In Virginia, TNC will work collaboratively with the U.S. Fish and Wildlife Service (USFW), Virginia Outdoors Foundation and other partners with the Rappahannock River Land Protection Partnership (RRLP). TNC will leverage this 20-year Virginia partnership to engage private landowners along the Rappahannock River in conservation programming.
“By aligning and focusing our collective efforts to promote and execute wetland conservation, both USFWS and The Nature Conservancy will be able to amplify the collective impact of our work,” says Christina Ryder, biologist with U.S. Fish and Wildlife Service. “This type of collaborative effort is allowing us to affect conservation at a bay-wide scale, and complete projects beyond our individual capacities. USFWS is excited to continue to innovate with the Conservancy to sustain our fish and wildlife resources for the public.”
In Pennsylvania, TNC will focus efforts in the south-central part of the state to build outreach capacity and the kind of new conservation partnerships that have resulted in success in Maryland. As the majority of wetlands in the state are associated with streams, this project will integrate both wetland and stream restoration approaches with the goal of improving water quality in Pennsylvania and the Chesapeake Bay.
“With 40% of the state’s streams listed as impaired and having lost more than half of our state’s wetlands, restoration is essential for people and nature,” said Su Fanok, Director of Freshwater Conservation for The Nature Conservancy in Pennsylvania. “Restoring streams and wetlands restores vital wildlife habitat while at the same time helping to improve water quality. We look forward to working in partnership to leverage existing expertise, to advance innovative and cost-effective restoration approaches, and to identify additional resources that will accelerate the pace and scale of wetland and stream restoration in south-central Pennsylvania.”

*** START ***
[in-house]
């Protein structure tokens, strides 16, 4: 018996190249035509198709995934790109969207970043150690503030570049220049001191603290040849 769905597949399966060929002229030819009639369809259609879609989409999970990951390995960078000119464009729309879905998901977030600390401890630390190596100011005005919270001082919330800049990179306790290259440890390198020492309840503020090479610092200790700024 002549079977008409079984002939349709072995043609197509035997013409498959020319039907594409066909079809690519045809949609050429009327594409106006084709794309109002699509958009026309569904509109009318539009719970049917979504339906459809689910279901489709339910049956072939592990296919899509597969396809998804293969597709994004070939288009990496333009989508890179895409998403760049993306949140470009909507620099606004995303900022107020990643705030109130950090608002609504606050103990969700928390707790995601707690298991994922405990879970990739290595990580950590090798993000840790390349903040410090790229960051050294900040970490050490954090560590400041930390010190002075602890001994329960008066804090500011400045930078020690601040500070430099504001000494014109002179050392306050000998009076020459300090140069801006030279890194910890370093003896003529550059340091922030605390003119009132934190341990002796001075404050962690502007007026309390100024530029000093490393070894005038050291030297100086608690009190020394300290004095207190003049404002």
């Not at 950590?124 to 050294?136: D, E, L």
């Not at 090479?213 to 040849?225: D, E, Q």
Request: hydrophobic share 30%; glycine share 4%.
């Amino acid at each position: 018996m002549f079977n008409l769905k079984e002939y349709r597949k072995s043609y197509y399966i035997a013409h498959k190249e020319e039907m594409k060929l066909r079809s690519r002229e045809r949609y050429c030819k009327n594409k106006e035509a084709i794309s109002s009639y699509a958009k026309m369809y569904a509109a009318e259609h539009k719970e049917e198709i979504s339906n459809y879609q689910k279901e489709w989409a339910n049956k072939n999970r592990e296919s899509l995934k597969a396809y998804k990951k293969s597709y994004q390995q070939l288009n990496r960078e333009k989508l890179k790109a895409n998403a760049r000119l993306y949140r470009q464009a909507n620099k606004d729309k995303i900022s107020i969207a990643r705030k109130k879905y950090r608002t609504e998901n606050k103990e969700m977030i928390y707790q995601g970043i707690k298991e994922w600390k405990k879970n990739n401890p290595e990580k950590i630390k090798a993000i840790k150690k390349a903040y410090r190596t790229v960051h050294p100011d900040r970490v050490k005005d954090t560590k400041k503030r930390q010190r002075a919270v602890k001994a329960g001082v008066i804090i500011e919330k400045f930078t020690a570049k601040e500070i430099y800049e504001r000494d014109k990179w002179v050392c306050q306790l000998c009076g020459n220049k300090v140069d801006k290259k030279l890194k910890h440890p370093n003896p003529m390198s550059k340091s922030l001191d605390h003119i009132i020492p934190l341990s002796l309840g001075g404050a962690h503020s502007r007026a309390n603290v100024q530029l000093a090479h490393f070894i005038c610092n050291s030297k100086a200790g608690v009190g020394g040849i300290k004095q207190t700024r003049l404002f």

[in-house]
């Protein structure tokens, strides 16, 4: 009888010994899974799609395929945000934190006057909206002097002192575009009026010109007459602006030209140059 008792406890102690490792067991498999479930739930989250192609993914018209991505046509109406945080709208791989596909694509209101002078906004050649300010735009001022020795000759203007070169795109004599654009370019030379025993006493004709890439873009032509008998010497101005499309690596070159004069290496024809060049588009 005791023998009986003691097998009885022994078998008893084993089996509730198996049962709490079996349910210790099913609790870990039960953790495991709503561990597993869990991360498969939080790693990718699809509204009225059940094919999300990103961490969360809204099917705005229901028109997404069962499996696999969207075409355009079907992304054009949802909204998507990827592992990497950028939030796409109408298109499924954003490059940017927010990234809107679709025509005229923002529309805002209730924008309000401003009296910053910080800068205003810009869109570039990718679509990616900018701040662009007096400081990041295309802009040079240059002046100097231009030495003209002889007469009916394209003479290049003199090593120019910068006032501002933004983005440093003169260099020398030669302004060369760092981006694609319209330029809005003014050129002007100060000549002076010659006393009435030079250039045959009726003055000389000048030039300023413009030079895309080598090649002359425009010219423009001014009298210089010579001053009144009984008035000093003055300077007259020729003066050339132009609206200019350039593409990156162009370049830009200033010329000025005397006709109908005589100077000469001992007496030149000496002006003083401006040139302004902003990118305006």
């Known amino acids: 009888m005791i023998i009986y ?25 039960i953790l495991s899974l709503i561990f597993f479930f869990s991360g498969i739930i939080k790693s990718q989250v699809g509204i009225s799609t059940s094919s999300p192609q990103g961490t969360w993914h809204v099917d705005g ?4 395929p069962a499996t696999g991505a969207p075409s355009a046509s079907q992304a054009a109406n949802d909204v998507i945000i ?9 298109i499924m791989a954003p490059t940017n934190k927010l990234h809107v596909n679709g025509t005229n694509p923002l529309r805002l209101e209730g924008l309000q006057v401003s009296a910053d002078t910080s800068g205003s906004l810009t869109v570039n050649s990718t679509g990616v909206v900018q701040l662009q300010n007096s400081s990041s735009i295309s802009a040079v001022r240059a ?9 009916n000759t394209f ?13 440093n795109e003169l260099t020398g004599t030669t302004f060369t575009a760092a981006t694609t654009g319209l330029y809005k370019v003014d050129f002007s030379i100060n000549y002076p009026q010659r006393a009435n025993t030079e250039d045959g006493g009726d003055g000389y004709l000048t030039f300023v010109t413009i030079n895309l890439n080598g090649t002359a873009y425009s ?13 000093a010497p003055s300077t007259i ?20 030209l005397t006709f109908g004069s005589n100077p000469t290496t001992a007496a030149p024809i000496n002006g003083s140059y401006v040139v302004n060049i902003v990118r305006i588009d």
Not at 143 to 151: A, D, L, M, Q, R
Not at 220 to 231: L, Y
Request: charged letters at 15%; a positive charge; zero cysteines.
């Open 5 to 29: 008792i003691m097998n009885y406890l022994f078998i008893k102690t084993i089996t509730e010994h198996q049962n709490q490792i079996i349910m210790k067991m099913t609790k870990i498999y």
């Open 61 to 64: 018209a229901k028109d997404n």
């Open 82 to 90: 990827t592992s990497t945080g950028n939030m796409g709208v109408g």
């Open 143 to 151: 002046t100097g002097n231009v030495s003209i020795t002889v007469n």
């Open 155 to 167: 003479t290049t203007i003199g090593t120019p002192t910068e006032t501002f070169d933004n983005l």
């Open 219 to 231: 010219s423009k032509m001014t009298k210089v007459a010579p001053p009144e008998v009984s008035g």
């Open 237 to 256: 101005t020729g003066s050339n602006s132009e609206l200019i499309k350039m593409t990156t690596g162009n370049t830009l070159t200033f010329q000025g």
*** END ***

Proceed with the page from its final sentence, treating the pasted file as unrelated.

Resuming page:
“While we’re making important strides in restoring wetland and marsh habitats in the Chesapeake Bay region, better, more effective partnerships are critical in bringing our collective goals to scale,” said Jake Reilly, director of Chesapeake Bay programs for the National Fish and Wildlife Foundation. “NFWF and its public and private funding partners are excited to support TNC and its partners’ efforts to build the collaborative partnerships necessary to meet our ambitious goals for a more resilient Chesapeake Bay ecosystem.”
The Nature Conservancy is a global conservation organization dedicated to conserving the lands and waters on which all life depends. Guided by science, we create innovative, on-the-ground solutions to our world's toughest challenges so that nature and people can thrive together. We are tackling climate change, conserving lands, waters and oceans at an unprecedented scale, providing food and water sustainably and helping make cities more sustainable. Working in 72 countries and territories: 38 by direct conservation impact and 34 through partners, we use a collaborative approach that engages local communities, governments, the private sector, and other partners. To learn more, visit www.nature.org or follow @nature_press on Twitter.